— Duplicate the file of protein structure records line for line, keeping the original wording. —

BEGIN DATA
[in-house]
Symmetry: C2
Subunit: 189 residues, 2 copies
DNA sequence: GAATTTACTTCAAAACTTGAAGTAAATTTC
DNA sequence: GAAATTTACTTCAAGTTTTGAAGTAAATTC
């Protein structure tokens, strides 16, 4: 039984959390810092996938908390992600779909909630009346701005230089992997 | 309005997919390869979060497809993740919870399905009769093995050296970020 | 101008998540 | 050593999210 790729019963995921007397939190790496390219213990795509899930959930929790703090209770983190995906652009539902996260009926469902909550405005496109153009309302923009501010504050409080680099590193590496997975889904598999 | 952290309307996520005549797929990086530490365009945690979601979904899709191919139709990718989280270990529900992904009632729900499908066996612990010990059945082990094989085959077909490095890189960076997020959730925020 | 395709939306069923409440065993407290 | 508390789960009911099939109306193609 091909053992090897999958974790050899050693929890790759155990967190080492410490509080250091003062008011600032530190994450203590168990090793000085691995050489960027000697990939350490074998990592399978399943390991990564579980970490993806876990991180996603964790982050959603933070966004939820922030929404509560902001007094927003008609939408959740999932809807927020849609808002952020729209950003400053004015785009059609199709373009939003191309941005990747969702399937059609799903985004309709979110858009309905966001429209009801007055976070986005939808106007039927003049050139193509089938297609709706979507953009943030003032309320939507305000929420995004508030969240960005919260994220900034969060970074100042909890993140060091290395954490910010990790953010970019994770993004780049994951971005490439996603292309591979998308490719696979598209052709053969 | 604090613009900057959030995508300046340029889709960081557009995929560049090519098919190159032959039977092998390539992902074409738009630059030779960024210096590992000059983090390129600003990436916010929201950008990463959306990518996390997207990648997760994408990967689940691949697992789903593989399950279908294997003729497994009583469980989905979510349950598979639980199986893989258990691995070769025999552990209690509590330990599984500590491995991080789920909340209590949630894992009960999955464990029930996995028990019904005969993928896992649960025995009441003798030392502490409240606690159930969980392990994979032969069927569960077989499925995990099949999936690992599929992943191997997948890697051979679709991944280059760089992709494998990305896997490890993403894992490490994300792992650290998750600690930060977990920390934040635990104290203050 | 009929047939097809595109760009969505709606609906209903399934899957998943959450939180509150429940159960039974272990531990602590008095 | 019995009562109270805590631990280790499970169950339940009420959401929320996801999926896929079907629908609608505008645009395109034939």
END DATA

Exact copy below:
[in-house]
Symmetry: C2
Subunit: 189 residues, 2 copies
DNA sequence: GAATTTACTTCAAAACTTGAAGTAAATTTC
DNA sequence: GAAATTTACTTCAAGTTTTGAAGTAAATTC
């Protein structure tokens, strides 16, 4: 039984959390810092996938908390992600779909909630009346701005230089992997 | 309005997919390869979060497809993740919870399905009769093995050296970020 | 101008998540 | 050593999210 790729019963995921007397939190790496390219213990795509899930959930929790703090209770983190995906652009539902996260009926469902909550405005496109153009309302923009501010504050409080680099590193590496997975889904598999 | 952290309307996520005549797929990086530490365009945690979601979904899709191919139709990718989280270990529900992904009632729900499908066996612990010990059945082990094989085959077909490095890189960076997020959730925020 | 395709939306069923409440065993407290 | 508390789960009911099939109306193609 091909053992090897999958974790050899050693929890790759155990967190080492410490509080250091003062008011600032530190994450203590168990090793000085691995050489960027000697990939350490074998990592399978399943390991990564579980970490993806876990991180996603964790982050959603933070966004939820922030929404509560902001007094927003008609939408959740999932809807927020849609808002952020729209950003400053004015785009059609199709373009939003191309941005990747969702399937059609799903985004309709979110858009309905966001429209009801007055976070986005939808106007039927003049050139193509089938297609709706979507953009943030003032309320939507305000929420995004508030969240960005919260994220900034969060970074100042909890993140060091290395954490910010990790953010970019994770993004780049994951971005490439996603292309591979998308490719696979598209052709053969 | 604090613009900057959030995508300046340029889709960081557009995929560049090519098919190159032959039977092998390539992902074409738009630059030779960024210096590992000059983090390129600003990436916010929201950008990463959306990518996390997207990648997760994408990967689940691949697992789903593989399950279908294997003729497994009583469980989905979510349950598979639980199986893989258990691995070769025999552990209690509590330990599984500590491995991080789920909340209590949630894992009960999955464990029930996995028990019904005969993928896992649960025995009441003798030392502490409240606690159930969980392990994979032969069927569960077989499925995990099949999936690992599929992943191997997948890697051979679709991944280059760089992709494998990305896997490890993403894992490490994300792992650290998750600690930060977990920390934040635990104290203050 | 009929047939097809595109760009969505709606609906209903399934899957998943959450939180509150429940159960039974272990531990602590008095 | 019995009562109270805590631990280790499970169950339940009420959401929320996801999926896929079907629908609608505008645009395109034939």